When diamonds are polished, the final product has many flat surfaces. These are called "facets". All facets have names, which I'll go into later on. When facet come together, they form "facet junction"s. Unfortunately, the nomenclature of diamonds is fairly limited; according to dozens of GIA graduates that I've talked to, there are no formal names of facet junctions. Worse yet, "facet junction" refers to both a line (formed by 2 facets) and a point where more than 2 facets come together. When describing facet junction, I'll use terms from geometry: I'll call the former an edge, and the latter a vertex.

    9(a) Shapes of Diamonds

    The most common shape of all is the round brilliant. I will talk about that shape later on... Other common shapes are:

    Other cuts you might encounter maybe named after a variation of the ones listed above. Some may be named after royalty titles (princess by far the most common, but others like duchess, etc. are available), or after flowers (tulip, rose, sunflower,...), or whatever. Smaller cut diamonds that are placed into rows in a setting, which look like small boxes, or like tapered boxes, are called baguettes.

    9(b) Round Brilliant Cut

    The most common, and the most expensive, is the brilliant cut, a.k.a. the round cut, etc. Back at the turn of the century, when cutters were looking to cut the stones into the best shape, Marcel Tolkowsky, a member of a large and powerful diamond family, did the calculations on this subject considering all variables, such as index of refraction, covalent bond angles, etc., as a part of this PhD thesis in Mathematics in 1919. You might also run across this cut as the American Ideal Cut, or American Standard cut, etc.

    Although it is best to get yourself a picture of a diamond, let me try to draw it here in ASCII as viewed from the side:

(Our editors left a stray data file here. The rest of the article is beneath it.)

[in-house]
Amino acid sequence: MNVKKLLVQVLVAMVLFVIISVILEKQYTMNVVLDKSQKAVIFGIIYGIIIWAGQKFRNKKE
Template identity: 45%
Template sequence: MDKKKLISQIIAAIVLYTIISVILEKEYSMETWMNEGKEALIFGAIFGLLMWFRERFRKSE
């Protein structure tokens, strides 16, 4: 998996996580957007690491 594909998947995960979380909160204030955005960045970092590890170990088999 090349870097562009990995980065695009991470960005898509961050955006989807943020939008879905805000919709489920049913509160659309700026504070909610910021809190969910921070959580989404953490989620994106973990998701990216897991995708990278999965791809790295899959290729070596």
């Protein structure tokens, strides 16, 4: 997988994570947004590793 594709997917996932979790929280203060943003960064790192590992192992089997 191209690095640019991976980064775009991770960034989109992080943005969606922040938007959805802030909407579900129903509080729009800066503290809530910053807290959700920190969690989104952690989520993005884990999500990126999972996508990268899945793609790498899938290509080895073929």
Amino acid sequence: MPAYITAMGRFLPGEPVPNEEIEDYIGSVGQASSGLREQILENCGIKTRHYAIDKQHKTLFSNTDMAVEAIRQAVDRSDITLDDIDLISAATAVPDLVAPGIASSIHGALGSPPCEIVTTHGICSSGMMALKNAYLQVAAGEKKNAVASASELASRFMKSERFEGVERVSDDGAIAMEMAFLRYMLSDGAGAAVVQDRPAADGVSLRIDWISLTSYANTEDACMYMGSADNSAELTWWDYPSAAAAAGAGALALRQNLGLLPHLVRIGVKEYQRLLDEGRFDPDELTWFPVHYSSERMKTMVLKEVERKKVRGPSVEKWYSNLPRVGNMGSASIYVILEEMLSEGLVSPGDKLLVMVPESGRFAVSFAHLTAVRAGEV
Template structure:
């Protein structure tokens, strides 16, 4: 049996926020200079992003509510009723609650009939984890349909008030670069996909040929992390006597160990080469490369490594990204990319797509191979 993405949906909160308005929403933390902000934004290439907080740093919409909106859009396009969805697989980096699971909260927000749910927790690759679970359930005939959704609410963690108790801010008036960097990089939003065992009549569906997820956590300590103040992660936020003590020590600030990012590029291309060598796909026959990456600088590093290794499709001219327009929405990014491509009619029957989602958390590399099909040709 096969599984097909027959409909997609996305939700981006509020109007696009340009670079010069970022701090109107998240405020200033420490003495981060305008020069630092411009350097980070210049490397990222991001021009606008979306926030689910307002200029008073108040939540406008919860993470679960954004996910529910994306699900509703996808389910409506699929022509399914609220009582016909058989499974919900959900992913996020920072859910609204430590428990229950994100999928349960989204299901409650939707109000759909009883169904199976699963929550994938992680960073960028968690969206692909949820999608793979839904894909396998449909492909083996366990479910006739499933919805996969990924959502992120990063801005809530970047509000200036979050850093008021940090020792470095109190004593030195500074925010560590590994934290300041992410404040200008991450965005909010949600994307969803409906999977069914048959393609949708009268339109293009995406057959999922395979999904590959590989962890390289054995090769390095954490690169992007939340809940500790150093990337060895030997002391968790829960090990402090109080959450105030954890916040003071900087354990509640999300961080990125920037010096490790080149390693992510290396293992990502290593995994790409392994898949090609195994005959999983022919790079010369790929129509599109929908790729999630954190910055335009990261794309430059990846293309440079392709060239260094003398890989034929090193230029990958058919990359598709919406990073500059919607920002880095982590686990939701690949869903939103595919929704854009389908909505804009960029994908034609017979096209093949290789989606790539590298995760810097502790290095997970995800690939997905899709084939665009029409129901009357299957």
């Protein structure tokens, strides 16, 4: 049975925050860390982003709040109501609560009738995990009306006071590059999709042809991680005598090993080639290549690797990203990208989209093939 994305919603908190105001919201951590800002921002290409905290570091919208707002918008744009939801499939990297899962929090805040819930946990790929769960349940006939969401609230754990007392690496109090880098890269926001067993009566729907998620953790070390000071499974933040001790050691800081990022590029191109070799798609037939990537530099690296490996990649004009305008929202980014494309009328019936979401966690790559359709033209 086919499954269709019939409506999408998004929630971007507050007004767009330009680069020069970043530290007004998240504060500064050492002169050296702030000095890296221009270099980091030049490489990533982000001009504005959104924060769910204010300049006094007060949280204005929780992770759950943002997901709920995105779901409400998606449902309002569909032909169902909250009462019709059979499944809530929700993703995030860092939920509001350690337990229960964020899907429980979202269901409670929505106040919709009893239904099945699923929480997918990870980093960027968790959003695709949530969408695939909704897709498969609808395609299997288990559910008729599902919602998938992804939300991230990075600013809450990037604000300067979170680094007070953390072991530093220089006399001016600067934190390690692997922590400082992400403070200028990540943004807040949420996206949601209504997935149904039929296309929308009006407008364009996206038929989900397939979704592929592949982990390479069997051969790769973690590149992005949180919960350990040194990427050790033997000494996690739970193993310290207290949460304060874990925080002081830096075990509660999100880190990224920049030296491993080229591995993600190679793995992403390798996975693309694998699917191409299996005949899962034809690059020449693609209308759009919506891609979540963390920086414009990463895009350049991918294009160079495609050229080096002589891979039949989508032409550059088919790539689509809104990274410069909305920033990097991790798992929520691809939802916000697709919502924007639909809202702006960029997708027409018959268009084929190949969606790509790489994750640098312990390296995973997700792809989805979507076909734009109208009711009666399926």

------          <-- Table      ---
               /           \       <-- Crown       /  16%
              ===============      <-- Girdle     ---
               \           /                       /
                 \       /         <-- Pavilion    /  43%
                   \   /                           /
                     V             <-- Culet      ---

    9(c) Depth (or Height) of the Diamond

    Now, Tolkowsky's cut's height is 59% that of the diameter of the diamond. which breaks down to about 43% for the pavilion, and 16% for the height of the crown. This 59% is probably the most crucial dimension of the stone. You might find diamonds that are both too shallow (i.e. the height is significantly smaller than 59%), and sometimes you'll see stones that are too chunky ( significantly over 59%). Since this dimension is the most important one to the brilliance, don't buy any stones that deviate too much from this value. You will sometimes see other standards like the Eppler Cut, and the Scandinavian Cut, that look just like the Tolkowsky Cut, but the height is at 58%.

    9(d) Table of a Brilliant Cut

    Probably the most noticeable proportion on a Brilliant Cut diamond is the size of the table. The size of the table is important, because it determines the look of the stone: bigger the table, greater the brilliance (the sparkle) and less the fire (the variety and intensity of the color reflected); smaller the table, greater the fire and smaller the brilliance. It is more wasteful to cut the rough diamonds to have smaller tables, thus diamonds with smaller tables are rarer. Tolkowsky has found the table to be ideal at 53% (again, of the diameter of the stone), but the Eppler Cut and the Scandinavian Cut have tables at 56% and 57.5% respectively. The appraising guidelines penalize diamonds with tables above 64% pretty severely, but when you go shopping, you'll see tables all the way into 70's. Ugh! Personally, I like the table to be at upper fifties.

    9(e) Crown

    (This is difficult to explain without pictures)
    The table is octagonal. Each edge of the octagon has a triangular facet adjacent to it, called a star facet. Two sides of neighboring star facets make two edges of a four-sided facet called a kite facet. One vertex of a kite facet is also a vertex of the table, and the opposite vertex is on the girdle. Now, the triangular area of the crown between the bottom edge of one kite facet, bottom edge of the neighboring kite facet, and the girdle, is divided radially into two entiomeric triangular facets called upper girdle facets. Hence, we have one table, eight star facets, eight kite facets, and 16 entiomeric upper girdle facets, for the total of 33 facets.